INQUIRY, CONVERSATION AND THEISTIC BELIEF: WILLIAM JAMES AND RICHARD RORTY GET RELIGION

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Abstract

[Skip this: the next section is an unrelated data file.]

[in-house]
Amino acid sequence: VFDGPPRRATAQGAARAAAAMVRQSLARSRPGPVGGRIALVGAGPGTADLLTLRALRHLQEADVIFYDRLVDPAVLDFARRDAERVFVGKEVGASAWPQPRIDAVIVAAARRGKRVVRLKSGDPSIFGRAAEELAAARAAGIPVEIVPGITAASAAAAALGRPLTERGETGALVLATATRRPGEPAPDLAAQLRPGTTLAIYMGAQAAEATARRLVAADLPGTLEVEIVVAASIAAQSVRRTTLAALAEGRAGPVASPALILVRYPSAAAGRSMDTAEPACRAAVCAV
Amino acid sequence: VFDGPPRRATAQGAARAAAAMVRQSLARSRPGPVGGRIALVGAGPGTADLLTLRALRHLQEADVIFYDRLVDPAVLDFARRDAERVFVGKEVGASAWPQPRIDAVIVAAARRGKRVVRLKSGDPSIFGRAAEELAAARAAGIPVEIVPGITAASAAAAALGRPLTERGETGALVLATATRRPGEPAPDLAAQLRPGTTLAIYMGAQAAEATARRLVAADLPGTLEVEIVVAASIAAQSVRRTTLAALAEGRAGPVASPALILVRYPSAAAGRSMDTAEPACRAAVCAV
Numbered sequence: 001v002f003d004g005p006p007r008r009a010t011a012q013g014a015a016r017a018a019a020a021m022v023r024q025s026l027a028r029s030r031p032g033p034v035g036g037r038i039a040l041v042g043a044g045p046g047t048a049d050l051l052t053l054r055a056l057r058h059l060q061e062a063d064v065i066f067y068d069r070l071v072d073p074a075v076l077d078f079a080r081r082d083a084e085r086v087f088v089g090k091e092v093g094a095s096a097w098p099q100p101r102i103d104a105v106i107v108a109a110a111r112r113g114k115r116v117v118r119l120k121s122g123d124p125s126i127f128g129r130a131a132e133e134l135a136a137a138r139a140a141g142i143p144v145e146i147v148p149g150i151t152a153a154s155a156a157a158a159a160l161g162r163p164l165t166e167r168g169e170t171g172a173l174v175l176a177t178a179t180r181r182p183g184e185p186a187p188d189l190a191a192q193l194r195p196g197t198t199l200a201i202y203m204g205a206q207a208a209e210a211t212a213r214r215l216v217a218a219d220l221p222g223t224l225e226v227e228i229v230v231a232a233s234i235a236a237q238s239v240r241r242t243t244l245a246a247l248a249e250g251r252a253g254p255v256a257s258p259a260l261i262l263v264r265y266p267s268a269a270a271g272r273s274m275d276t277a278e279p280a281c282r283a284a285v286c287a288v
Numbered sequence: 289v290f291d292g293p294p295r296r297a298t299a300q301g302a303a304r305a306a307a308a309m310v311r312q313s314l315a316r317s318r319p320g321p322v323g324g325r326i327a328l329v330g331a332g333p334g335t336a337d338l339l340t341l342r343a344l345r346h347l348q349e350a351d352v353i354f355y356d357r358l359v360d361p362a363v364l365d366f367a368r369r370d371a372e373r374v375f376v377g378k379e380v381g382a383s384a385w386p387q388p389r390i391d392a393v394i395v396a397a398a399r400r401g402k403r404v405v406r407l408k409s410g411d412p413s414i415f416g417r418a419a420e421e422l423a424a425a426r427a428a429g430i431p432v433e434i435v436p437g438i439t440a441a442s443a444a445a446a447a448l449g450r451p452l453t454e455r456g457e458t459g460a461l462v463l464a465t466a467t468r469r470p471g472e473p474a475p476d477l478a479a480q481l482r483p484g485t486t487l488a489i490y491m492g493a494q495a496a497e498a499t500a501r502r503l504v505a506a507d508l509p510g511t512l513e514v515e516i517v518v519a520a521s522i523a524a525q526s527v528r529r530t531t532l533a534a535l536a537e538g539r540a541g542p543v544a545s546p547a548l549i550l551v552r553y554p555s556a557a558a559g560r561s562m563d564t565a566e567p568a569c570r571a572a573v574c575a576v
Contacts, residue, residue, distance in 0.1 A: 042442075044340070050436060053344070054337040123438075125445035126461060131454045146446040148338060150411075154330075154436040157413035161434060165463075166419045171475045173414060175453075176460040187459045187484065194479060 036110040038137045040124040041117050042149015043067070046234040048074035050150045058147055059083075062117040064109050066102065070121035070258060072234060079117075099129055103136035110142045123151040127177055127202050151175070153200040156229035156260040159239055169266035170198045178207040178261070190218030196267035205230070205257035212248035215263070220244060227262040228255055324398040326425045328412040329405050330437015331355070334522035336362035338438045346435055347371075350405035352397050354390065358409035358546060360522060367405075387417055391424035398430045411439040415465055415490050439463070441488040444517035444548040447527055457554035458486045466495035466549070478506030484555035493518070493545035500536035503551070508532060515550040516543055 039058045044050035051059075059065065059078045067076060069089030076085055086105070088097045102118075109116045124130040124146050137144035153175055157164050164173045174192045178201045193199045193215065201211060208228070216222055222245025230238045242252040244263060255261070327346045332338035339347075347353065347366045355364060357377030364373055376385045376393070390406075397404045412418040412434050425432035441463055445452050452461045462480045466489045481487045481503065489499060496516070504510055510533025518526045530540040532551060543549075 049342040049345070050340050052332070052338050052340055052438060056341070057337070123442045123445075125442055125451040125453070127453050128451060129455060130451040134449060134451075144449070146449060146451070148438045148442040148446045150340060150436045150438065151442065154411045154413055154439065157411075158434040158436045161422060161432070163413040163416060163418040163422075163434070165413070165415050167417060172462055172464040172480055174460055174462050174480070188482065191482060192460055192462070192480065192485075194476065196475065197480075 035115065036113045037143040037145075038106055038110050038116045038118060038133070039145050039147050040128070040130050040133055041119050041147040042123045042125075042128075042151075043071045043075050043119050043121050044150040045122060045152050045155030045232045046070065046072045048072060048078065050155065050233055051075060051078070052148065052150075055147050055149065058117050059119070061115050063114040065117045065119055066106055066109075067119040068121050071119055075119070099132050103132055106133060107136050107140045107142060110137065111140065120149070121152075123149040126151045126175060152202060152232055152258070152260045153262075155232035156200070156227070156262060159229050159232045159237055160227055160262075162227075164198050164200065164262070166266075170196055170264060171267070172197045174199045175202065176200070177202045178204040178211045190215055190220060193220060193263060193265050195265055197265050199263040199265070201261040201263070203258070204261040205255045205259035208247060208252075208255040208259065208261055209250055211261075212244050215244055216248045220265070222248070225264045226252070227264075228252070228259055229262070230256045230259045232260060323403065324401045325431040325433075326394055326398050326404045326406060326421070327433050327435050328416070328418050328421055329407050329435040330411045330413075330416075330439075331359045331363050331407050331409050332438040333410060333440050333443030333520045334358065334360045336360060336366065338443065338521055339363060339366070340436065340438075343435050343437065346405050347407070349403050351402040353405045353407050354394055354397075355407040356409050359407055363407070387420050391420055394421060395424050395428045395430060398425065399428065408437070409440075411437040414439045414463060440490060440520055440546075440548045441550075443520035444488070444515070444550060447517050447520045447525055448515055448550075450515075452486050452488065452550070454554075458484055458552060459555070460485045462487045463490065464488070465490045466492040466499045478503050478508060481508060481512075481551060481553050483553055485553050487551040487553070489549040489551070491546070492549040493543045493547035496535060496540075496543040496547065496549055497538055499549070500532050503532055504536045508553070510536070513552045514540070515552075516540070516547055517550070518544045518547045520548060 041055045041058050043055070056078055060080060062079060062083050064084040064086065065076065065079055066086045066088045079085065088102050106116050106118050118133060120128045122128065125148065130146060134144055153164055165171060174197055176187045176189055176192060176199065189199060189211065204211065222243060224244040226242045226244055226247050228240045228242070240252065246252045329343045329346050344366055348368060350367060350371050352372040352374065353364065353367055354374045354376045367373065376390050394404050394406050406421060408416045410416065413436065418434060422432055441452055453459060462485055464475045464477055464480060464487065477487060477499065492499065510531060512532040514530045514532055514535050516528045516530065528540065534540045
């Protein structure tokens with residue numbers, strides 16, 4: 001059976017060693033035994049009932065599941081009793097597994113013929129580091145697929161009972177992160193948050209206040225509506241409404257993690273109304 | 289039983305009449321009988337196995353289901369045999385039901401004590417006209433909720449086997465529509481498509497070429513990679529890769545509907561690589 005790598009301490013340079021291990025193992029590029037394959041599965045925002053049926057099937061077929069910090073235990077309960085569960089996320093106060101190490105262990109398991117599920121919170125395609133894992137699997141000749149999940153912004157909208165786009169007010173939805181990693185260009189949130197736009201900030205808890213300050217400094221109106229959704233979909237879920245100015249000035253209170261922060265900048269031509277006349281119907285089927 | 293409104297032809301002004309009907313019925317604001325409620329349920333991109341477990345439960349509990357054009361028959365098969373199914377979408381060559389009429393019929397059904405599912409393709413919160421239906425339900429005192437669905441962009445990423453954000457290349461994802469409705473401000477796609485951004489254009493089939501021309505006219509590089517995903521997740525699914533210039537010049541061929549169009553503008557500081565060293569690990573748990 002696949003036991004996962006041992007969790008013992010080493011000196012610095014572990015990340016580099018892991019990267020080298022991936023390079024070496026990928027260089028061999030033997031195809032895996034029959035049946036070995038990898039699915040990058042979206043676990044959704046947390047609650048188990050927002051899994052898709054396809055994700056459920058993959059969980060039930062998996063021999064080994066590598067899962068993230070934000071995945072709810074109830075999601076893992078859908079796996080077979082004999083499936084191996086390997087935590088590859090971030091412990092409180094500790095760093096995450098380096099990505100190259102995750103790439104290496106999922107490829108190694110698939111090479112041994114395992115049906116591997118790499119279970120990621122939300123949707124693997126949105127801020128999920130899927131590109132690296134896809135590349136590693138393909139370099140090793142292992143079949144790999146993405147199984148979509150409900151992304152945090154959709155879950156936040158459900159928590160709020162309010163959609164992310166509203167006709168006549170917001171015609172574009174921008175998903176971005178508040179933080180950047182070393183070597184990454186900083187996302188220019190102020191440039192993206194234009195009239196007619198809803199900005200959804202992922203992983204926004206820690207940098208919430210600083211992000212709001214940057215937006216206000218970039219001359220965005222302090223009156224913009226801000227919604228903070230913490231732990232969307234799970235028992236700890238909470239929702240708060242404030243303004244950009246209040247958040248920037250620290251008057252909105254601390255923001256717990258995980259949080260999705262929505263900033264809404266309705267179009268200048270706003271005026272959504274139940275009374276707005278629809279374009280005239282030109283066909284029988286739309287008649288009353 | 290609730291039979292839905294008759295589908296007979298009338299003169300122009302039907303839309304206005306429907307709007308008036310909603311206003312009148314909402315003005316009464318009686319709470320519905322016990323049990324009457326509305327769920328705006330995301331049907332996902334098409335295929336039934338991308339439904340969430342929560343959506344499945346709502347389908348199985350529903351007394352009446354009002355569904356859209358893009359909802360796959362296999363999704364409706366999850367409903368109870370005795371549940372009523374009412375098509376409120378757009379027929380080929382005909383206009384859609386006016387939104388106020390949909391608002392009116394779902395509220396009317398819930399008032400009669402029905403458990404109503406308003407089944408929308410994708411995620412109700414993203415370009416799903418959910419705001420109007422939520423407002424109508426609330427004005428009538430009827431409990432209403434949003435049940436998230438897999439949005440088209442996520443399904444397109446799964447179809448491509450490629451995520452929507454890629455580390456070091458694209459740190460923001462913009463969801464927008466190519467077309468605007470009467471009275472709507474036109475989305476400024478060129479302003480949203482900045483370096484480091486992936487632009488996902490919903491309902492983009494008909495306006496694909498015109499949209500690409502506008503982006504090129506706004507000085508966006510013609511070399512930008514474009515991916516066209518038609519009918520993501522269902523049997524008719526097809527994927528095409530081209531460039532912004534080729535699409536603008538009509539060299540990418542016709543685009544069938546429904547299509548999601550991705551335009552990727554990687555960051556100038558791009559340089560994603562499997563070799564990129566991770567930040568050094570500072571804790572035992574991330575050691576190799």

This essay examines William James' view that pragmatic philosophy allows for theistic belief and compares it to Richard Rorty's argument that theistic belief is fundamentally incompatible with pragmatic philosophy. Theism is permissible for James because it is commensurate with his view of philosophy as inquiry. Theism is impermissible for Rorty because it incommensurate with his view of philosophy as conversation. James' arguments are shown to be too generic in their conception of the God in whom theistic belief may be placed, and Rorty's arguments against the desirability of theistic belief are shown to run afoul of his own philosophical program.

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